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Introduction to Python basics
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Intro to Python I

It's time to learn a new language! Python!

Python is a popular, easy-to-use programming language that has significant traction in the field.

Remember the goal is learning to learn, so keep track of what works for you and what doesn't as you go through the process of exploring Python.

Techniques for learning new languages

  • Try to relate things you already know in another language (e.g. what an array is) to the corresponding things in Python (e.g. a list) and how to use them.

  • Write a bunch of "toy programs" that demonstrate different key features of the language

  • Explore the standard library that's available for the language. Skim it briefly for now--the idea isn't to memorize everything but to file away generally what functionality is available.

  • Write a more substantial toy program that uses a variety of the features.

Again, keep track of what works for you. Try different things to see what works best for learning new languages.


Getting started

  1. Make sure you have Python 3 and pipenv installed.

  2. Go to the directory with the Pipfile and run

    pipenv install
  3. After the install completes, run

    pipenv shell

    This will get you into the virtual environment. At this point, you should be able to run Python 3 by just running python:

    $ python --version
    Python 3.6.5

    You can exit the virtual environment by typing exit.


  • Learn the basic syntax and structure of Python


  • Implement a number of tiny Python programs that demonstrate Python syntax and language concepts.


Each directory inside the src/ directory presents exercises revolving around a particular concept in Python. Not all of these concepts are unique to Python (in fact, most probably aren't). This means that you can leverage knowledge you've obtained via exposure to other programming languages towards learning Python.

The suggested order for going through each of the directories is:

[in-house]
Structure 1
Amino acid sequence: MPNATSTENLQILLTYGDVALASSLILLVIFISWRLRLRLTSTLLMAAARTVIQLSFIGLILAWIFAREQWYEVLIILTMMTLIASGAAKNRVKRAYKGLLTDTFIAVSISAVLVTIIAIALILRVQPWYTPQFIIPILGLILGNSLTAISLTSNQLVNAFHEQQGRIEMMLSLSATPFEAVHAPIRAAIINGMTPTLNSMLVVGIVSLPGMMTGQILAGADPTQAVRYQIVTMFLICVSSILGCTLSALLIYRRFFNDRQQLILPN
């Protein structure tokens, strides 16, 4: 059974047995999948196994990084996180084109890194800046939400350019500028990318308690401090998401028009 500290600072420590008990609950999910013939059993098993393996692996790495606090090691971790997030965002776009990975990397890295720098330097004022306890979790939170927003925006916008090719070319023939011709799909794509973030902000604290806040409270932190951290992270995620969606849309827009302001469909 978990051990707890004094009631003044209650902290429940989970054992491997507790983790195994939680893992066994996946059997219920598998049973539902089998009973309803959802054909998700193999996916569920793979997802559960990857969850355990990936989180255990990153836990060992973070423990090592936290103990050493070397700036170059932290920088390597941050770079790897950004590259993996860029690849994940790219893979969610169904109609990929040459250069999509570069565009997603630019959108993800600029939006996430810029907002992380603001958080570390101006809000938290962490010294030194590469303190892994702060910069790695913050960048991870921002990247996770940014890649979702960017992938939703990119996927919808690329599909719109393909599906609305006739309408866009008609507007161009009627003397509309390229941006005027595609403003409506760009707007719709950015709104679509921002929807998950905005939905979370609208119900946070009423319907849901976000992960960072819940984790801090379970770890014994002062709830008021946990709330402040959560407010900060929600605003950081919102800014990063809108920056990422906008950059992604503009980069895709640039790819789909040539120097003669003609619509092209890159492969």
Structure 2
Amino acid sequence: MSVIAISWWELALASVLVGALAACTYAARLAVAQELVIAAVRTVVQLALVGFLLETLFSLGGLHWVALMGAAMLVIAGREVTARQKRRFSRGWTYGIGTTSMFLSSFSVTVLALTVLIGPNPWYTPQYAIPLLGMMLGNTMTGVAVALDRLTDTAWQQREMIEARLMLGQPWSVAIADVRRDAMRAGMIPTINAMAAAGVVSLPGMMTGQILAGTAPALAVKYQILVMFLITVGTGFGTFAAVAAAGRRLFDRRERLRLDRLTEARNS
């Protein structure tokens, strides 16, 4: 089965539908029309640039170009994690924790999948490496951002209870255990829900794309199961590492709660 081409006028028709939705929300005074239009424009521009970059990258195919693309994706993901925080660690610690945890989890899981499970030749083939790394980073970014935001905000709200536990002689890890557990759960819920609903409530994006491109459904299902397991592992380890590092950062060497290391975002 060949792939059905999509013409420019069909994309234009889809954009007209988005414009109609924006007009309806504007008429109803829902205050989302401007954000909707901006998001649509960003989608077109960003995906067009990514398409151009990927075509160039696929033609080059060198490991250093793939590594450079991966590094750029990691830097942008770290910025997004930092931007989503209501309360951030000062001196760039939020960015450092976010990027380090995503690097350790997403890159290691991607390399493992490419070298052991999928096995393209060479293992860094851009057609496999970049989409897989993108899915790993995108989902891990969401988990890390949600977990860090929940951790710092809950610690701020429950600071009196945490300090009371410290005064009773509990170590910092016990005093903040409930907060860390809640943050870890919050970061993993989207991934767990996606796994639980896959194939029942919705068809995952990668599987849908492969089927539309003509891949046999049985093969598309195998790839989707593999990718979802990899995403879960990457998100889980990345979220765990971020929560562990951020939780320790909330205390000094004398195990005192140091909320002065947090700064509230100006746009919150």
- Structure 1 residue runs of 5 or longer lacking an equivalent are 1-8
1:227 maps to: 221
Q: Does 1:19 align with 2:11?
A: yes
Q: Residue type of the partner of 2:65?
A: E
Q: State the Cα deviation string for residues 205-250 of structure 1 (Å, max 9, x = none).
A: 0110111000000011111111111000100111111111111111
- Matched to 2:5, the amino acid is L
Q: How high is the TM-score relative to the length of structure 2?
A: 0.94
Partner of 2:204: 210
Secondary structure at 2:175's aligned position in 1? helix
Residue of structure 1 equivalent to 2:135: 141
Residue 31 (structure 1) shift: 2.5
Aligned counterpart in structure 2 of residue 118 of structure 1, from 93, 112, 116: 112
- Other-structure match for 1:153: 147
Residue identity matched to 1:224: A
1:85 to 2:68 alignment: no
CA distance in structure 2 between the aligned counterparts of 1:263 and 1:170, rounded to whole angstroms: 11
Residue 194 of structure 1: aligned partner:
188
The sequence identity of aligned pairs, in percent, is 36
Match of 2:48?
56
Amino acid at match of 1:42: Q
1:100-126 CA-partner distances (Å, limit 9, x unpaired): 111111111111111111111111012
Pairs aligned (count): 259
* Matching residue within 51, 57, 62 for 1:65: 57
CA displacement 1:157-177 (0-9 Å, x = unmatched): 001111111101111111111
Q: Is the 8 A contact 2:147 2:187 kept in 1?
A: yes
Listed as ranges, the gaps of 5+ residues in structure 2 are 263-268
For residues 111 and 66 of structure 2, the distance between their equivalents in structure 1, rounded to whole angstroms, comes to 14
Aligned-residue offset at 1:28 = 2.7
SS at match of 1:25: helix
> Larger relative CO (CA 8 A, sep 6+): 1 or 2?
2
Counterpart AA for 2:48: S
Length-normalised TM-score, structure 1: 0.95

• hello -- Hello world
  • bignum -- Print some big numbers
  • datatypes -- Experiment with type conversion
  • modules -- Learn to import from modules
  • printing -- Formatted print output
  • lists -- Python's version of arrays
  • tuples -- Immutable lists typically for heterogenous data
  • slices -- Accessing parts of lists
  • comprehensions -- List comprehensions
  • dictionaries -- Dictionaries
  • functions -- Functions
  • args -- Arguments and Keyword Arguments
  • scopes -- Global, Local, and Non-Local scope
  • file_io -- Read and write from files
  • cal -- Experiment with module imports and implement a text-based calendar
  • classes -- Classes and objects

Stretch Goals

  1. One of Python's main philosophical tenets is its emphasis on readability. To that end, the Python community has standardized around a style guide called PEP 8. Take a look at it and then go over the code you've written and make sure it adheres to what PEP 8 recommends. Alternatively, PEP 8 linters exist for most code editors (you can find instructions on installing a Python linter for VSCode here). Try installing one for your editor!

  2. Rewrite code challenges you've solved before or projects you've implemented before in a different language in Python. Start getting in as much practice with the language as possible!

  3. Write a program to determine if a number, given on the command line, is prime.

    1. How can you optimize this program?
    2. Implement The Sieve of Eratosthenes, one of the oldest algorithms known (ca. 200 BC).
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